Cradle of Civilization

A Blog about the Birth of Our Civilisation and Development

The Armenian proignitors of the Ottoman theatre

Posted by Fredsvenn on January 3, 2015

Arusyak Papazian

In the 1850s, the modern theatre was founded in the Ottoman Empire by an Armenian theatre company. As Muslims did not consider acting a suitable profession, the first actors in the Ottoman Empire was Christian Armenians, and the stigma of the profession was especially the case for females.

The actresses received a higher salary than their male colleagues, and they could also continue their careers undisturbed after the Armenian theater monopoly was abolished in the Ottoman Empire in 1879; after this point, male Armenian actors found competition from Muslim Turkish male actors, while no Muslim Turkish female actor ever performed on stage before 1919.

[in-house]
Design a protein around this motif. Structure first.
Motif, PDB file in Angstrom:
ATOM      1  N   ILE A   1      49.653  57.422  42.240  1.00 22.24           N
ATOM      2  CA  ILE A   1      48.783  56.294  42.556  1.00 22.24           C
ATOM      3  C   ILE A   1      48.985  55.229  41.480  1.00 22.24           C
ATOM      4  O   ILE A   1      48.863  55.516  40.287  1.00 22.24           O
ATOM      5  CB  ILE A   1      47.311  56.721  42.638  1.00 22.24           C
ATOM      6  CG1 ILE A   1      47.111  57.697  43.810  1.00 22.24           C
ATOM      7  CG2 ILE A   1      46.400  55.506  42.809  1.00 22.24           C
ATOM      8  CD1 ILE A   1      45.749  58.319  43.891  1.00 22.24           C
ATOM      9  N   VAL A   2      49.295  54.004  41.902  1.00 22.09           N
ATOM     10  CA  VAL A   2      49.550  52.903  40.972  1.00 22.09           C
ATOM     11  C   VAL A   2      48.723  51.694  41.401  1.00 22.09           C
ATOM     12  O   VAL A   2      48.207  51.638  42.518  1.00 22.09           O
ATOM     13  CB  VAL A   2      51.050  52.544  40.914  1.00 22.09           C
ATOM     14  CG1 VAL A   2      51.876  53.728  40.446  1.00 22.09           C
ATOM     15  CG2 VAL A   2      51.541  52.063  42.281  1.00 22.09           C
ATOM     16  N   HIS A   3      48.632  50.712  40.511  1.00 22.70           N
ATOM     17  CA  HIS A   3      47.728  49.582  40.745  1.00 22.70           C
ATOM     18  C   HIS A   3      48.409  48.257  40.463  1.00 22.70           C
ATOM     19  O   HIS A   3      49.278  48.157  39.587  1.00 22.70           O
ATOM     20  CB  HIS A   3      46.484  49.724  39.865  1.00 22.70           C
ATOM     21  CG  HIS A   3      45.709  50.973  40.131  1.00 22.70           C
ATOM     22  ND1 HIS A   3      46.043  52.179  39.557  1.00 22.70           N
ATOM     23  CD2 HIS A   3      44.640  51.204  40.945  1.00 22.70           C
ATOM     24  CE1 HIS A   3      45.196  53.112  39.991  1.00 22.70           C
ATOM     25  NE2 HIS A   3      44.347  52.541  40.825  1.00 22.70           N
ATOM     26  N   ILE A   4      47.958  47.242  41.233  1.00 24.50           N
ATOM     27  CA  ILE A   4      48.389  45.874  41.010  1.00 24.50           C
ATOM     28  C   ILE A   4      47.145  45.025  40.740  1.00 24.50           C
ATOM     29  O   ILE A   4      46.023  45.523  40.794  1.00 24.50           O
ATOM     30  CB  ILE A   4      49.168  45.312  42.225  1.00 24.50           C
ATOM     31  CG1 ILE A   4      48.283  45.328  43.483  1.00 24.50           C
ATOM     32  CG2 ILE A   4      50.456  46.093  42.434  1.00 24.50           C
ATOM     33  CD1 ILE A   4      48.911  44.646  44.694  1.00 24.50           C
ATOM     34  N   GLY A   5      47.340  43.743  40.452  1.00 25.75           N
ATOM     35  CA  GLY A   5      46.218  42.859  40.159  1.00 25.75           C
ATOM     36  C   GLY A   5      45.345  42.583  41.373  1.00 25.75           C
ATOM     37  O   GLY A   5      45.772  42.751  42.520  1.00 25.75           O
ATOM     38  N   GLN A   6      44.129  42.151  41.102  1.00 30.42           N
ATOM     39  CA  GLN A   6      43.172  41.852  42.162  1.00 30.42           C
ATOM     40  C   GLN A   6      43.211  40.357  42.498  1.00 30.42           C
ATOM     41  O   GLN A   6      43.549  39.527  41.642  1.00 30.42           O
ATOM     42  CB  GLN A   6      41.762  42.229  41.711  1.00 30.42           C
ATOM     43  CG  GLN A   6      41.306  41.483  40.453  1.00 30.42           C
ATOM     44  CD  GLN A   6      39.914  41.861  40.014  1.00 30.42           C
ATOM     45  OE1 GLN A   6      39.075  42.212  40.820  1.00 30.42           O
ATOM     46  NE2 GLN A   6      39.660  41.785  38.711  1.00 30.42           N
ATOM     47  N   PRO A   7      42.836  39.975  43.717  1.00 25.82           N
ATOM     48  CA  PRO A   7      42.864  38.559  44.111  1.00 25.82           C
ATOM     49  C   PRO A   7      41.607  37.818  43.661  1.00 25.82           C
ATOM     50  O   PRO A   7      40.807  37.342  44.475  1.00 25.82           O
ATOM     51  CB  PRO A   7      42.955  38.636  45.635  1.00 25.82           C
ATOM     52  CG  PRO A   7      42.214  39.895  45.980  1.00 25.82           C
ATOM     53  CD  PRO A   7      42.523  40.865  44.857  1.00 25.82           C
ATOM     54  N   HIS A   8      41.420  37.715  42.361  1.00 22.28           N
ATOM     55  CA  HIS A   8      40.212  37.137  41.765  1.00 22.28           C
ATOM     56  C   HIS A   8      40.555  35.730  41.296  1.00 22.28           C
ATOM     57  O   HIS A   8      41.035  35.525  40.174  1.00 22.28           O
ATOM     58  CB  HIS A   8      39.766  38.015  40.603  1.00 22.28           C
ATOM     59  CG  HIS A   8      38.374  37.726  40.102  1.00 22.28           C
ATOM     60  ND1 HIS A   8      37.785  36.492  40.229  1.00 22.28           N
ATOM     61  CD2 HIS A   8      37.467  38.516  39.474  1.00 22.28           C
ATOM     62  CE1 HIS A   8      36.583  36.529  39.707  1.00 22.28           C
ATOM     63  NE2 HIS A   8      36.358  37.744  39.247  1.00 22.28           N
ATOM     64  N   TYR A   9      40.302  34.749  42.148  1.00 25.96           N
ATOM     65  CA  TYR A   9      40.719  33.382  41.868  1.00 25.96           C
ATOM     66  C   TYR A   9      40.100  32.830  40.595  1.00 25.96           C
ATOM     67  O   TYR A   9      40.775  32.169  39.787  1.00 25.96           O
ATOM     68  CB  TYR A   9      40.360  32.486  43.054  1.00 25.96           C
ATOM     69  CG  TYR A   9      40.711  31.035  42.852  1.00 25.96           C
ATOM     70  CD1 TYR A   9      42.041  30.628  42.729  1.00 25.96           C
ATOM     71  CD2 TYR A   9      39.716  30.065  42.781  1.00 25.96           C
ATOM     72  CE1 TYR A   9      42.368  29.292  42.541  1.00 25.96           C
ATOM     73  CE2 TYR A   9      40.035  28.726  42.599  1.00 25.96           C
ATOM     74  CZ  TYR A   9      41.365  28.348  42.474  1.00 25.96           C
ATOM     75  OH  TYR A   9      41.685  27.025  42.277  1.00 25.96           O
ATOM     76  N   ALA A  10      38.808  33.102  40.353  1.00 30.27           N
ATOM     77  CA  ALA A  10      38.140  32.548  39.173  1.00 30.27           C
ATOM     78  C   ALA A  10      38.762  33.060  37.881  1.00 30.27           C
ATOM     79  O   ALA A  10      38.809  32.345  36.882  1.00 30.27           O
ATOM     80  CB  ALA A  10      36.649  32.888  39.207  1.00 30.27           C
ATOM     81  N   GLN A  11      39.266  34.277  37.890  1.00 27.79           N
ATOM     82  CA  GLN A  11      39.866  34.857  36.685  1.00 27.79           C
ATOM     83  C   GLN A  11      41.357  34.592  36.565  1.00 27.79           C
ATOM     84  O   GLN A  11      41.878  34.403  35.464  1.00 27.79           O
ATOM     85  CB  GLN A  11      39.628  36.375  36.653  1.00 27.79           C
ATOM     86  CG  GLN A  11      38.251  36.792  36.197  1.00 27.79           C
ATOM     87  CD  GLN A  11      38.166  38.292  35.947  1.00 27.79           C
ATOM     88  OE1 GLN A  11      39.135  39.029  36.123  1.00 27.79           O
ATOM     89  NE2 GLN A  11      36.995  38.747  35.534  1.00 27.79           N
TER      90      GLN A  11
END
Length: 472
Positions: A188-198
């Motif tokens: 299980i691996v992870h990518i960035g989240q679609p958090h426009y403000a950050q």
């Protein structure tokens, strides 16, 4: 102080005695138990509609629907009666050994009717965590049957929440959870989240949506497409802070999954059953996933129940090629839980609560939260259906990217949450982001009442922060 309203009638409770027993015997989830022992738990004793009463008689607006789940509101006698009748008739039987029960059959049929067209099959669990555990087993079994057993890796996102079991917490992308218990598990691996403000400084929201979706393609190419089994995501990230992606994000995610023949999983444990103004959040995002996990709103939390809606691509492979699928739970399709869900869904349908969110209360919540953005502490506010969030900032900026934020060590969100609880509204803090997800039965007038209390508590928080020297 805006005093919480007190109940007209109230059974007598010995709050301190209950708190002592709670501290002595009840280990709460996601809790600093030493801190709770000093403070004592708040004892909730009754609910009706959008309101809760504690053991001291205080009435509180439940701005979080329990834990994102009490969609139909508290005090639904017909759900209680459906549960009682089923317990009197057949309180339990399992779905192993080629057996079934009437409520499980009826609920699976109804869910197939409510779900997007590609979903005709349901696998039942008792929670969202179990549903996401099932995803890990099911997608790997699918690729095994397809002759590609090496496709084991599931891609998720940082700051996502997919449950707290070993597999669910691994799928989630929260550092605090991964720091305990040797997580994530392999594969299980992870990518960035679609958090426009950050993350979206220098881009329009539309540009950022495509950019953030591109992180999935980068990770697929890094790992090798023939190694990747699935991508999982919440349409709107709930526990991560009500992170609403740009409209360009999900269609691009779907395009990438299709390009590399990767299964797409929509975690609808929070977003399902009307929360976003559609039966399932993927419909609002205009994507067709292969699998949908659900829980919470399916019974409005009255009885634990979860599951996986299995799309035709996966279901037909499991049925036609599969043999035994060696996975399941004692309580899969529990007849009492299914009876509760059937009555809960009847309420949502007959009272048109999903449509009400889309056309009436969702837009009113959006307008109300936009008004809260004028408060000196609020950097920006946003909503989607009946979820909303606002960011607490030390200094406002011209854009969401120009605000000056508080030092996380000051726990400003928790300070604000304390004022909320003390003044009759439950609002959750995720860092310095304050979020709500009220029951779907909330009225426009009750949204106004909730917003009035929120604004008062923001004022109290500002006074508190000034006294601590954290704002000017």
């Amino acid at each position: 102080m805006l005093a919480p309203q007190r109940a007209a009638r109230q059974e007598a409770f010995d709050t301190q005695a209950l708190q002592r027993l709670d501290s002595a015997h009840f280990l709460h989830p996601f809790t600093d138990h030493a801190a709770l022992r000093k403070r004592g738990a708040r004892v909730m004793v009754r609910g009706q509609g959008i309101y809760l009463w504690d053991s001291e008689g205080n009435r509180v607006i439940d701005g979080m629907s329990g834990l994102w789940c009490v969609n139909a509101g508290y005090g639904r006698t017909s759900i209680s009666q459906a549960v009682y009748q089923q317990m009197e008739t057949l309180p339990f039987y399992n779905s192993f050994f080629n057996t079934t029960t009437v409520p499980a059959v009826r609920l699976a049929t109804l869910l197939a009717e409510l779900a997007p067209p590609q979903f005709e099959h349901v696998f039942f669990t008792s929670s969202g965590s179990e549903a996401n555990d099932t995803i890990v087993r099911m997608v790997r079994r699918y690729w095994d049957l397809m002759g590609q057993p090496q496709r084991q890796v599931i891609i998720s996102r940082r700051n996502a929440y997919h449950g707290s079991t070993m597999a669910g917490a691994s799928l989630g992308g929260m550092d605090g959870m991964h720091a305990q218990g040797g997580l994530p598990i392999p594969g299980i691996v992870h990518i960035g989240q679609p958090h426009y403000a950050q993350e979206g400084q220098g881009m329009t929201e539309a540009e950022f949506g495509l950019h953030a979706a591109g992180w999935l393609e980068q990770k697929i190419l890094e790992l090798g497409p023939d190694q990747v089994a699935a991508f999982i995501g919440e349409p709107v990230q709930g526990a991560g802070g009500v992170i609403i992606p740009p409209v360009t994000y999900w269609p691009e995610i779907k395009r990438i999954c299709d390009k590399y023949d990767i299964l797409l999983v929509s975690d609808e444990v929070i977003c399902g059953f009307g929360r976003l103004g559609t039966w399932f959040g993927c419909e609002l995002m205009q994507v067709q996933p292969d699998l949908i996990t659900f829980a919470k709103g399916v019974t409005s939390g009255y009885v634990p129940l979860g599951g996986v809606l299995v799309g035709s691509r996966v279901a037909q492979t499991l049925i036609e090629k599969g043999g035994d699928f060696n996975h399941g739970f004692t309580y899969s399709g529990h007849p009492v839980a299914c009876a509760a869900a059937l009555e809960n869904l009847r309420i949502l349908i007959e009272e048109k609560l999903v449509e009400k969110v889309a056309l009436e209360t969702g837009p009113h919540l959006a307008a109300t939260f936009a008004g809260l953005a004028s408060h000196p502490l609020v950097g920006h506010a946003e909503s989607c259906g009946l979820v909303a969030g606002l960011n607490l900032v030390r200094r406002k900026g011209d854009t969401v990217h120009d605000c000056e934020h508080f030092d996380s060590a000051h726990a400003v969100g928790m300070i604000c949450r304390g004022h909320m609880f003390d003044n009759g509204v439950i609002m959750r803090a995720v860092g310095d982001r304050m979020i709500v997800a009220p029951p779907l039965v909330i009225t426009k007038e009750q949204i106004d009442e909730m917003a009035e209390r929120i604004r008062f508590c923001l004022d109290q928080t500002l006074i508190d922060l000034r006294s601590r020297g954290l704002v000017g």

Arusyak Papazian (1841-1907) and Aghavni Papazian (floruit 1879) was both Ottoman Armenian actresses, and are counted as the first professional female actors in the Ottoman Empire and thereby the Middle East.

They are mentioned by the historian Mikael Nalbandian as two pioneers in defying prejudices by performing on stage. As such, they became publicly visible women in the Muslim Ottoman Empire in a period when the female members of the audience had to watch their plays from behind screens.

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